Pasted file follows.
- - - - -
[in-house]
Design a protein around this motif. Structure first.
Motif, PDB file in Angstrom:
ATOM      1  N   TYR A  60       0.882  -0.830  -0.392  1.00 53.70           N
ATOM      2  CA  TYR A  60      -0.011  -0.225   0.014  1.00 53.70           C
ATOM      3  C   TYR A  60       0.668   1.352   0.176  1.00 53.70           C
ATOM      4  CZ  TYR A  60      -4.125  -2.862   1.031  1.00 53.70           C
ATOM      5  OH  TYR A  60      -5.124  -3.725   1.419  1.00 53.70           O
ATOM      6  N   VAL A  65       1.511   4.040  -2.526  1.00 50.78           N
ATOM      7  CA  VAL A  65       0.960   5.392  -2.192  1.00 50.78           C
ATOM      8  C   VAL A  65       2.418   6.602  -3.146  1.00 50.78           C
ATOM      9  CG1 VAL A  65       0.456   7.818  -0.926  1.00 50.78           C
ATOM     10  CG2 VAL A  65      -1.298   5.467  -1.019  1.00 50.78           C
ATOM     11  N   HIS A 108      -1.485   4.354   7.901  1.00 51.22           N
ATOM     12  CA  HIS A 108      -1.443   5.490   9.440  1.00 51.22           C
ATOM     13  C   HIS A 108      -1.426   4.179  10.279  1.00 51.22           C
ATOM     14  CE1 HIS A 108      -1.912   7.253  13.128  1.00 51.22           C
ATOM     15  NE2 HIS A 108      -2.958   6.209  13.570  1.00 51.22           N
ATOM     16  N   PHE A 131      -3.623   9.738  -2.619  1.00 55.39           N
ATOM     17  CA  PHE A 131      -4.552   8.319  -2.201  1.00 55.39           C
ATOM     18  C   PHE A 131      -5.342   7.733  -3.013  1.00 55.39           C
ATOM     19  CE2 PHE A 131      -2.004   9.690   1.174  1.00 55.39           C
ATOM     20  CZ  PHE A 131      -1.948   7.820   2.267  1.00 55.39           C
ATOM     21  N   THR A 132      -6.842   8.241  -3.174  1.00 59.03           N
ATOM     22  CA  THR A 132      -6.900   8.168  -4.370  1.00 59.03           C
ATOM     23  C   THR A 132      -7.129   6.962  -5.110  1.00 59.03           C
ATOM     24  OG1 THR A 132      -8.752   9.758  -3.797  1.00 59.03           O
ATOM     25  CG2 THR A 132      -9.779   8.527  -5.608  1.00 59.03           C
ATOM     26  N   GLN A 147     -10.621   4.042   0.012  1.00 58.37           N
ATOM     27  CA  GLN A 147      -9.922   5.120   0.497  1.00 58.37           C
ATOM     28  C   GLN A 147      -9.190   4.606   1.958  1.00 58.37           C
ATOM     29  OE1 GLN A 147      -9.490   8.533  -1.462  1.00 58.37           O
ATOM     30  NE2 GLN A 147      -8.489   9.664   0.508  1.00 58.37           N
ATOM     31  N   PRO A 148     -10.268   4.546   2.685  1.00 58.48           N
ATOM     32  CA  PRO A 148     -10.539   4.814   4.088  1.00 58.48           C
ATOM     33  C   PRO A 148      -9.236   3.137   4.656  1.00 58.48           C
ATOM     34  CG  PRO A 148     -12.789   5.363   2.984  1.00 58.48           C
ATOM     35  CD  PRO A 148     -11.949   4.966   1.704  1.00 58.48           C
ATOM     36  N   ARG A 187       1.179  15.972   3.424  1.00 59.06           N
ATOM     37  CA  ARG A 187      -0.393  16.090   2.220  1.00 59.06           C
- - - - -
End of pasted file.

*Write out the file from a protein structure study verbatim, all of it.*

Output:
[in-house]
Design a protein around this motif. Structure first.
Motif, PDB file in Angstrom:
ATOM      1  N   TYR A  60       0.882  -0.830  -0.392  1.00 53.70           N
ATOM      2  CA  TYR A  60      -0.011  -0.225   0.014  1.00 53.70           C
ATOM      3  C   TYR A  60       0.668   1.352   0.176  1.00 53.70           C
ATOM      4  CZ  TYR A  60      -4.125  -2.862   1.031  1.00 53.70           C
ATOM      5  OH  TYR A  60      -5.124  -3.725   1.419  1.00 53.70           O
ATOM      6  N   VAL A  65       1.511   4.040  -2.526  1.00 50.78           N
ATOM      7  CA  VAL A  65       0.960   5.392  -2.192  1.00 50.78           C
ATOM      8  C   VAL A  65       2.418   6.602  -3.146  1.00 50.78           C
ATOM      9  CG1 VAL A  65       0.456   7.818  -0.926  1.00 50.78           C
ATOM     10  CG2 VAL A  65      -1.298   5.467  -1.019  1.00 50.78           C
ATOM     11  N   HIS A 108      -1.485   4.354   7.901  1.00 51.22           N
ATOM     12  CA  HIS A 108      -1.443   5.490   9.440  1.00 51.22           C
ATOM     13  C   HIS A 108      -1.426   4.179  10.279  1.00 51.22           C
ATOM     14  CE1 HIS A 108      -1.912   7.253  13.128  1.00 51.22           C
ATOM     15  NE2 HIS A 108      -2.958   6.209  13.570  1.00 51.22           N
ATOM     16  N   PHE A 131      -3.623   9.738  -2.619  1.00 55.39           N
ATOM     17  CA  PHE A 131      -4.552   8.319  -2.201  1.00 55.39           C
ATOM     18  C   PHE A 131      -5.342   7.733  -3.013  1.00 55.39           C
ATOM     19  CE2 PHE A 131      -2.004   9.690   1.174  1.00 55.39           C
ATOM     20  CZ  PHE A 131      -1.948   7.820   2.267  1.00 55.39           C
ATOM     21  N   THR A 132      -6.842   8.241  -3.174  1.00 59.03           N
ATOM     22  CA  THR A 132      -6.900   8.168  -4.370  1.00 59.03           C
ATOM     23  C   THR A 132      -7.129   6.962  -5.110  1.00 59.03           C
ATOM     24  OG1 THR A 132      -8.752   9.758  -3.797  1.00 59.03           O
ATOM     25  CG2 THR A 132      -9.779   8.527  -5.608  1.00 59.03           C
ATOM     26  N   GLN A 147     -10.621   4.042   0.012  1.00 58.37           N
ATOM     27  CA  GLN A 147      -9.922   5.120   0.497  1.00 58.37           C
ATOM     28  C   GLN A 147      -9.190   4.606   1.958  1.00 58.37           C
ATOM     29  OE1 GLN A 147      -9.490   8.533  -1.462  1.00 58.37           O
ATOM     30  NE2 GLN A 147      -8.489   9.664   0.508  1.00 58.37           N
ATOM     31  N   PRO A 148     -10.268   4.546   2.685  1.00 58.48           N
ATOM     32  CA  PRO A 148     -10.539   4.814   4.088  1.00 58.48           C
ATOM     33  C   PRO A 148      -9.236   3.137   4.656  1.00 58.48           C
ATOM     34  CG  PRO A 148     -12.789   5.363   2.984  1.00 58.48           C
ATOM     35  CD  PRO A 148     -11.949   4.966   1.704  1.00 58.48           C
ATOM     36  N   ARG A 187       1.179  15.972   3.424  1.00 59.06           N
ATOM     37  CA  ARG A 187      -0.393  16.090   2.220  1.00 59.06           C